First things first– there are incredible educators all around the world. I know this might sound obvious and simple, but I’m telling you this because this was not something that was messaged to me when I first began the process of going to teach English abroad. When I was looking to teach, I seemed to think that there was some kind of international teacher shortage and that kids all over the world were simply going without teachers.
This is not usually the case. What happens instead is that programs and schools seek to advertise and hire native English speakers as a way to either supplement their student’s education by giving them exposure to native English speakers, or in some cases, attract higher-level clientele who want their children to learn English only from native English speakers. While there are many studies (such as this one) that examine the data behind learning English from native versus non-native speakers, there can be excellent English teachers from either group. However, because government programs and other organizations can sometimes hold native English teachers in a higher esteem, some non-native English speakers can become frustrated with teaching alongside under-qualified native English speaking teachers. This problem is worsened by the fact that English teachers who speak English as a native language often nab some of the most well-paid jobs at international schools and other exclusive teaching positions. In fact, some native speakers are paid more than native-speaking English teachers teaching in the same position!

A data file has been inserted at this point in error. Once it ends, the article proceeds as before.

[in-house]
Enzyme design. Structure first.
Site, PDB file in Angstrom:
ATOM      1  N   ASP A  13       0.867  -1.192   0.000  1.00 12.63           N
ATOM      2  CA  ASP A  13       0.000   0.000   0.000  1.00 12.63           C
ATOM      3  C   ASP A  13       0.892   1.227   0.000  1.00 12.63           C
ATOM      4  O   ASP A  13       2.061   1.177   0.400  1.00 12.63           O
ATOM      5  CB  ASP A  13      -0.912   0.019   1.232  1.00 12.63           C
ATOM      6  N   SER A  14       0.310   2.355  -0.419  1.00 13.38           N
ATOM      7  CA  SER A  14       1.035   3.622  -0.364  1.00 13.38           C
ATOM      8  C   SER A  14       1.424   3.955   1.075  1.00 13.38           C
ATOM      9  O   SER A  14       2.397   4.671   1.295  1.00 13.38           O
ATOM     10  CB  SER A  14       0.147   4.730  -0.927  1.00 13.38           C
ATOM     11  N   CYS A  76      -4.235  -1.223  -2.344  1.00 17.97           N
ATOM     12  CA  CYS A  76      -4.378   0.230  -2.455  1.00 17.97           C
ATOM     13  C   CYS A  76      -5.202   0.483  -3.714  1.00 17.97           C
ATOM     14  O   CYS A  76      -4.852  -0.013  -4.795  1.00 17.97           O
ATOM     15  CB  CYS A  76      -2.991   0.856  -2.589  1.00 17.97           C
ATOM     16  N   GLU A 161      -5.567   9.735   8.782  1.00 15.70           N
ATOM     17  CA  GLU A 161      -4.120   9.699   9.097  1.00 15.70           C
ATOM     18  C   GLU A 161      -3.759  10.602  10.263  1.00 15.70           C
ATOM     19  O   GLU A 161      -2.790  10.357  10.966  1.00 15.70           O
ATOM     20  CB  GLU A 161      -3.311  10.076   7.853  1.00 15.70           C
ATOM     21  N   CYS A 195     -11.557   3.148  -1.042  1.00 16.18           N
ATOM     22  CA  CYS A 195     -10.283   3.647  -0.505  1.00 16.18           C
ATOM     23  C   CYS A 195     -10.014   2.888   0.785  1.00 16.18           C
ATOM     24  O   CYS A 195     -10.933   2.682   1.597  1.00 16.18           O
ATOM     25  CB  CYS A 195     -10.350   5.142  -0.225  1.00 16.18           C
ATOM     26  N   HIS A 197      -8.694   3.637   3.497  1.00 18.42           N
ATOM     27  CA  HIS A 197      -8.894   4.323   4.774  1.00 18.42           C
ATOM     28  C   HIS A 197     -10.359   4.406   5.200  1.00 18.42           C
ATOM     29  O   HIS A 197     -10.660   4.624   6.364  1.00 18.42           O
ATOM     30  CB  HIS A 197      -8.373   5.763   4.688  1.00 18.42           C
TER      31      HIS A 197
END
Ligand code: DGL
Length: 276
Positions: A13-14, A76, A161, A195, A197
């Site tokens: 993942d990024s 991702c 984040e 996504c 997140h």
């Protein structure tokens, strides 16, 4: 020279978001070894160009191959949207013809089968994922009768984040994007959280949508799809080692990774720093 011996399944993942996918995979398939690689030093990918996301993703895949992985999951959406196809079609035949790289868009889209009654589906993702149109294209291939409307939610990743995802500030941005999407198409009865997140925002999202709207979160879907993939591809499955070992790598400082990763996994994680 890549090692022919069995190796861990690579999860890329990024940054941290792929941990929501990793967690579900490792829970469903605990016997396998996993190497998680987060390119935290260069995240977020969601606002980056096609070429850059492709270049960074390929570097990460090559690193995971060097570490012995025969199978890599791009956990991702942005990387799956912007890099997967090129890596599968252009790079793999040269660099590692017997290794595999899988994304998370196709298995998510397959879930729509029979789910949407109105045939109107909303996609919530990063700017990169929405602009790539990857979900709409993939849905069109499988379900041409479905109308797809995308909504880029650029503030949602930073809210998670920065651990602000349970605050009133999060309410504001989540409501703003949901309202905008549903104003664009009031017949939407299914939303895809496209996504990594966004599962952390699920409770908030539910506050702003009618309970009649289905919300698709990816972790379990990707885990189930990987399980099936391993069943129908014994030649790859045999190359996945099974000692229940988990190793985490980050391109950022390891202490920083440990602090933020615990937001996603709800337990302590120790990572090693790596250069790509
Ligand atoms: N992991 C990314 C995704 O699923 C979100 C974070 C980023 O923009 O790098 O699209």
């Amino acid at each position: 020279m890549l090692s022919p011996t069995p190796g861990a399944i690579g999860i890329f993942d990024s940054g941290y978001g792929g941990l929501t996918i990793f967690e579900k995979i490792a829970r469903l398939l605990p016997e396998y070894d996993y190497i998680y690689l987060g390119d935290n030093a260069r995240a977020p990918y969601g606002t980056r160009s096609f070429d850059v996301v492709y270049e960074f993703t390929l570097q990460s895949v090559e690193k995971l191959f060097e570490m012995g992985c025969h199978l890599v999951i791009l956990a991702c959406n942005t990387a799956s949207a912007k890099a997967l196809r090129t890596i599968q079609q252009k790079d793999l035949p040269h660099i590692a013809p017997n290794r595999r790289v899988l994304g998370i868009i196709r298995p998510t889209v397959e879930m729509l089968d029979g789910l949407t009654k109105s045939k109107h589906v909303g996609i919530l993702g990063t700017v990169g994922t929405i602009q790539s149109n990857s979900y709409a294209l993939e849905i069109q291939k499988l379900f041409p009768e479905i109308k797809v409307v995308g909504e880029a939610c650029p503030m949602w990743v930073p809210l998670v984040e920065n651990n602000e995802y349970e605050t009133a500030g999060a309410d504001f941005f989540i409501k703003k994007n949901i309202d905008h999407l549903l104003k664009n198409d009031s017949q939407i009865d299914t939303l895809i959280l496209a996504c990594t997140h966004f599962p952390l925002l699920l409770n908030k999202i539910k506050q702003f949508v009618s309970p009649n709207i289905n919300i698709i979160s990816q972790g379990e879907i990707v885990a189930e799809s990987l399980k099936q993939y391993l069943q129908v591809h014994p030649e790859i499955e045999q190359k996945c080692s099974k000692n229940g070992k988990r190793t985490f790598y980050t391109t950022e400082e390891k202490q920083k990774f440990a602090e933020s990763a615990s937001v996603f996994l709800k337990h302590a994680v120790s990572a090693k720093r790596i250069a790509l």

Okay, I know, it’s a little overwhelming to imagine that all of your future colleagues are already dreading the arrival of the newest international volunteer. I don’t want you to think that’s the case at all. What I do want to encourage you to do is to work with your colleagues, to allow them to mentor and foster communication between you and your students in ways that impossible without them. Upon my arrival at my school, it took me about a week to realize that, for better or for worse, I wanted to be a teacher for the rest of my life. Part of what made my experience so positive was that I had local teachers who coached me every step of the stay. With their guidance and acceptance, I was able to be helped along through sometimes excruciatingly awkward cultural miscommunications and mishaps while also forging permanent bonds with teachers who, to this day, I respect immensely.